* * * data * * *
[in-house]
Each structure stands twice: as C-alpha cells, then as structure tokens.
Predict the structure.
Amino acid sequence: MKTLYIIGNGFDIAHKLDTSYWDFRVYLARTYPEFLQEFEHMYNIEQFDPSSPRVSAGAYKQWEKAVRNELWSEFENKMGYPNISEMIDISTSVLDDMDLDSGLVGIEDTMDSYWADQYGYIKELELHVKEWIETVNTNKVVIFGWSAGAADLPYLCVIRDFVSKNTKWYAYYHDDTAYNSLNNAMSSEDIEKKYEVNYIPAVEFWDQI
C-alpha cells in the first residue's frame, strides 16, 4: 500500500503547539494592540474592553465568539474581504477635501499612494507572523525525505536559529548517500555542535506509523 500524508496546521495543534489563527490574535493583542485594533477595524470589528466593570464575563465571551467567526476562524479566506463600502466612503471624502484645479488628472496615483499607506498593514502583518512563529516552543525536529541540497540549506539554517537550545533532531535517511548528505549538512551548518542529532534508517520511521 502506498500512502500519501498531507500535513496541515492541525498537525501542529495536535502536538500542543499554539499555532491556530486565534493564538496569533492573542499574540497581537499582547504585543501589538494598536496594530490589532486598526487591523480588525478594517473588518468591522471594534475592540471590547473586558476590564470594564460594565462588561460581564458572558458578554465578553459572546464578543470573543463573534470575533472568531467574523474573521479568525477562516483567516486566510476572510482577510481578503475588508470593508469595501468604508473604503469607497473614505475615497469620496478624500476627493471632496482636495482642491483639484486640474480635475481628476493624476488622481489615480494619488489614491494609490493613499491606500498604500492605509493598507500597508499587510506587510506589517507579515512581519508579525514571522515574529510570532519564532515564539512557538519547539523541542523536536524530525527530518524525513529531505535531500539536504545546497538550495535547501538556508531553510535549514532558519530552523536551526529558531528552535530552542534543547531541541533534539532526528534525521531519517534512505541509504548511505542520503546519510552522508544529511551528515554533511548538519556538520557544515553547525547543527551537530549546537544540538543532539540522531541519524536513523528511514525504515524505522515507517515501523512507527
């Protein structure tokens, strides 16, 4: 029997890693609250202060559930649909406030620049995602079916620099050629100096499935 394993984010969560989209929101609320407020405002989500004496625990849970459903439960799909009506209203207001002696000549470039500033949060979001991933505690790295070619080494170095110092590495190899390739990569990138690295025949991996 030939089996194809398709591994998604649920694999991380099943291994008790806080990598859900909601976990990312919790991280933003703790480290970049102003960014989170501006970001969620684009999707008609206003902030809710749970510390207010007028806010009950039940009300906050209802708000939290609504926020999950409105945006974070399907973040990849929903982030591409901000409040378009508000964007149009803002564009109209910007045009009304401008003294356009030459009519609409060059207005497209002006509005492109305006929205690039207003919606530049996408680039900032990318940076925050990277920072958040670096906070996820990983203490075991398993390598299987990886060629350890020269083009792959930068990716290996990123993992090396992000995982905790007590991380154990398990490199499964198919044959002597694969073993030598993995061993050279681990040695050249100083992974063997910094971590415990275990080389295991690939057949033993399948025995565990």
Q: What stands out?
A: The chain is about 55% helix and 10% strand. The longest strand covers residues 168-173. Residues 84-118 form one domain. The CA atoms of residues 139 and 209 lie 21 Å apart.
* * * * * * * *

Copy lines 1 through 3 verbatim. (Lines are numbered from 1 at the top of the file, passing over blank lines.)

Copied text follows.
[in-house]
Each structure stands twice: as C-alpha cells, then as structure tokens.
Predict the structure.